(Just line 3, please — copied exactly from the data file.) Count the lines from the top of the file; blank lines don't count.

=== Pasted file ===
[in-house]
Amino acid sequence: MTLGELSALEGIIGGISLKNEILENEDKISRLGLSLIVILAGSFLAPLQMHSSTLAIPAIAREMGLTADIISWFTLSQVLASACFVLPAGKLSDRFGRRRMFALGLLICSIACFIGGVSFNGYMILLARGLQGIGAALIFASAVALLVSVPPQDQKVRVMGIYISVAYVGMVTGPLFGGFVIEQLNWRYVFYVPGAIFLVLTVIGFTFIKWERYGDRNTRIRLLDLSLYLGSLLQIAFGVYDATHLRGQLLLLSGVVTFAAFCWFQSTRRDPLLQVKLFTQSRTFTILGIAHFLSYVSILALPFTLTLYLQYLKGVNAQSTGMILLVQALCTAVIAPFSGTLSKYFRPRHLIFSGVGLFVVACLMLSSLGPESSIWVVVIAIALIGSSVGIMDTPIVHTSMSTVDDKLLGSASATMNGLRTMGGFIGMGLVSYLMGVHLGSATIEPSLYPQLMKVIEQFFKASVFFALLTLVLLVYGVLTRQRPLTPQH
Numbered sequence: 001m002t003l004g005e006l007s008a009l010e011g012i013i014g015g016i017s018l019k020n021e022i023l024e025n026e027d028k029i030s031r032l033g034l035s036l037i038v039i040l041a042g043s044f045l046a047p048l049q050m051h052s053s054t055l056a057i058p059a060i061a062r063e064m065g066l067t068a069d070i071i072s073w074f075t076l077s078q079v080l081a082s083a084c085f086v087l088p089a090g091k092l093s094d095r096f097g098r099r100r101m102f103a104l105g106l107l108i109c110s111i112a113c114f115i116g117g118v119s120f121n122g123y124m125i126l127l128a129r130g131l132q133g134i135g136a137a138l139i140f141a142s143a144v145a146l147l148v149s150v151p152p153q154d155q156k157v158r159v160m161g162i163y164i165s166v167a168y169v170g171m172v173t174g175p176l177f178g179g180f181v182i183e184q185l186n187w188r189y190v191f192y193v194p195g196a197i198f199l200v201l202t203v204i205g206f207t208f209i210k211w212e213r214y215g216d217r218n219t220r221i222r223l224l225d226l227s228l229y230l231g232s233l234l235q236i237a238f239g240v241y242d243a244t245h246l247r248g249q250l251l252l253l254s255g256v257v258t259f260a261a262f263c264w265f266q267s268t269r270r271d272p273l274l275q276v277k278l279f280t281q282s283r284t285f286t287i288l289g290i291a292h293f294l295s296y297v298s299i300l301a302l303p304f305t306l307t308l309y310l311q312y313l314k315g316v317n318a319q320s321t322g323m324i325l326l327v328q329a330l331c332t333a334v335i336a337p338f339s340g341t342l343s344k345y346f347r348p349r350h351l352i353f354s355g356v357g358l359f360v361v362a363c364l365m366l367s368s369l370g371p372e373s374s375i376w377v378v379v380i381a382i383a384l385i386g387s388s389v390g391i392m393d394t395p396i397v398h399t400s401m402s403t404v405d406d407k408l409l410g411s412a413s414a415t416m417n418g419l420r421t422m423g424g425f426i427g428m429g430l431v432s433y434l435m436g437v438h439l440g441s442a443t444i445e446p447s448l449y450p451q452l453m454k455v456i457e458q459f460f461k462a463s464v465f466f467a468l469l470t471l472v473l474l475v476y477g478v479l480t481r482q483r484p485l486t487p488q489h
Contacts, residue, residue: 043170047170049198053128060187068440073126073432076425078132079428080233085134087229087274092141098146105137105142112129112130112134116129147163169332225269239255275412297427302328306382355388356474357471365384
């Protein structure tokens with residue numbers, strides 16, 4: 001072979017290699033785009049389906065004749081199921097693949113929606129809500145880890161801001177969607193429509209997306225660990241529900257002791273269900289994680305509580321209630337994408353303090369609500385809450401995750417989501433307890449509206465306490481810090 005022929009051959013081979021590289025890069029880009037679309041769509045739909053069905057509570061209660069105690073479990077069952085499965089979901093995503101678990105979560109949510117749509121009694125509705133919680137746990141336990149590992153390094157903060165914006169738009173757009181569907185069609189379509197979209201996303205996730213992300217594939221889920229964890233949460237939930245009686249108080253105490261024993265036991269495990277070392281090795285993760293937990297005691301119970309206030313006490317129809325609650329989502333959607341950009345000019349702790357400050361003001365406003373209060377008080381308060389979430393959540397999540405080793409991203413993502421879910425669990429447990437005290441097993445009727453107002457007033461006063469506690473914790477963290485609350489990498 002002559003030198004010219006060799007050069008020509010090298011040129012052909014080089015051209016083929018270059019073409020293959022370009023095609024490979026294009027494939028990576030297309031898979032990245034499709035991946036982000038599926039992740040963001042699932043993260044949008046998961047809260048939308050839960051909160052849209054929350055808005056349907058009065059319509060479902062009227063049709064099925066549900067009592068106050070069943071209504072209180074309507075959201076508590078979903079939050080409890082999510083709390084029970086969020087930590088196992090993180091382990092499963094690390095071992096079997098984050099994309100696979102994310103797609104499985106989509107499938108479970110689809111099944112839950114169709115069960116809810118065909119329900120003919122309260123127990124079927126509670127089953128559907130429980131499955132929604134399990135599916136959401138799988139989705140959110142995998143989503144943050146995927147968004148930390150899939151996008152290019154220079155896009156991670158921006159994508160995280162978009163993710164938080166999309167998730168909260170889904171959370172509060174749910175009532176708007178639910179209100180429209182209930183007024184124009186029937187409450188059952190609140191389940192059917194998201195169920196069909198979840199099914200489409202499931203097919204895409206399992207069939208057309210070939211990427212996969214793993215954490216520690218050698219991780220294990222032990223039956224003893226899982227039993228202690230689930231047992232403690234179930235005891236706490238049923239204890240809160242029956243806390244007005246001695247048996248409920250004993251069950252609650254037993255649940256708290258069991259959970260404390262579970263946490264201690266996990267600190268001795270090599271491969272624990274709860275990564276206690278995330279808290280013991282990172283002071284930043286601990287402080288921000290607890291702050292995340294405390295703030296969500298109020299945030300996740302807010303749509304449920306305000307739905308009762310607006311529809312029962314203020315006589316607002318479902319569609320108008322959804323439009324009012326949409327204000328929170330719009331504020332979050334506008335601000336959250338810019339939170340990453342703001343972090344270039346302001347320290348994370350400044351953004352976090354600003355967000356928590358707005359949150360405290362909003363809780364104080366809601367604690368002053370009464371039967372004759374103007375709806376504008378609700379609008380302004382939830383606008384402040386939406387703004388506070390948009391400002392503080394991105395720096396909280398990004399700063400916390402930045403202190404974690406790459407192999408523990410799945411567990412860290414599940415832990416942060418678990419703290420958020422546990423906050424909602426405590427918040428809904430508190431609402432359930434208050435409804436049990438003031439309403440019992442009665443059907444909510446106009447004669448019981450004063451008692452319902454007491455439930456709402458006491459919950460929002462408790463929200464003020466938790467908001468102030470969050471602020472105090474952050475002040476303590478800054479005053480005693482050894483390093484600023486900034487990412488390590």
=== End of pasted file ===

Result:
Numbered sequence: 001m002t003l004g005e006l007s008a009l010e011g012i013i014g015g016i017s018l019k020n021e022i023l024e025n026e027d028k029i030s031r032l033g034l035s036l037i038v039i040l041a042g043s044f045l046a047p048l049q050m051h052s053s054t055l056a057i058p059a060i061a062r063e064m065g066l067t068a069d070i071i072s073w074f075t076l077s078q079v080l081a082s083a084c085f086v087l088p089a090g091k092l093s094d095r096f097g098r099r100r101m102f103a104l105g106l107l108i109c110s111i112a113c114f115i116g117g118v119s120f121n122g123y124m125i126l127l128a129r130g131l132q133g134i135g136a137a138l139i140f141a142s143a144v145a146l147l148v149s150v151p152p153q154d155q156k157v158r159v160m161g162i163y164i165s166v167a168y169v170g171m172v173t174g175p176l177f178g179g180f181v182i183e184q185l186n187w188r189y190v191f192y193v194p195g196a197i198f199l200v201l202t203v204i205g206f207t208f209i210k211w212e213r214y215g216d217r218n219t220r221i222r223l224l225d226l227s228l229y230l231g232s233l234l235q236i237a238f239g240v241y242d243a244t245h246l247r248g249q250l251l252l253l254s255g256v257v258t259f260a261a262f263c264w265f266q267s268t269r270r271d272p273l274l275q276v277k278l279f280t281q282s283r284t285f286t287i288l289g290i291a292h293f294l295s296y297v298s299i300l301a302l303p304f305t306l307t308l309y310l311q312y313l314k315g316v317n318a319q320s321t322g323m324i325l326l327v328q329a330l331c332t333a334v335i336a337p338f339s340g341t342l343s344k345y346f347r348p349r350h351l352i353f354s355g356v357g358l359f360v361v362a363c364l365m366l367s368s369l370g371p372e373s374s375i376w377v378v379v380i381a382i383a384l385i386g387s388s389v390g391i392m393d394t395p396i397v398h399t400s401m402s403t404v405d406d407k408l409l410g411s412a413s414a415t416m417n418g419l420r421t422m423g424g425f426i427g428m429g430l431v432s433y434l435m436g437v438h439l440g441s442a443t444i445e446p447s448l449y450p451q452l453m454k455v456i457e458q459f460f461k462a463s464v465f466f467a468l469l470t471l472v473l474l475v476y477g478v479l480t481r482q483r484p485l486t487p488q489h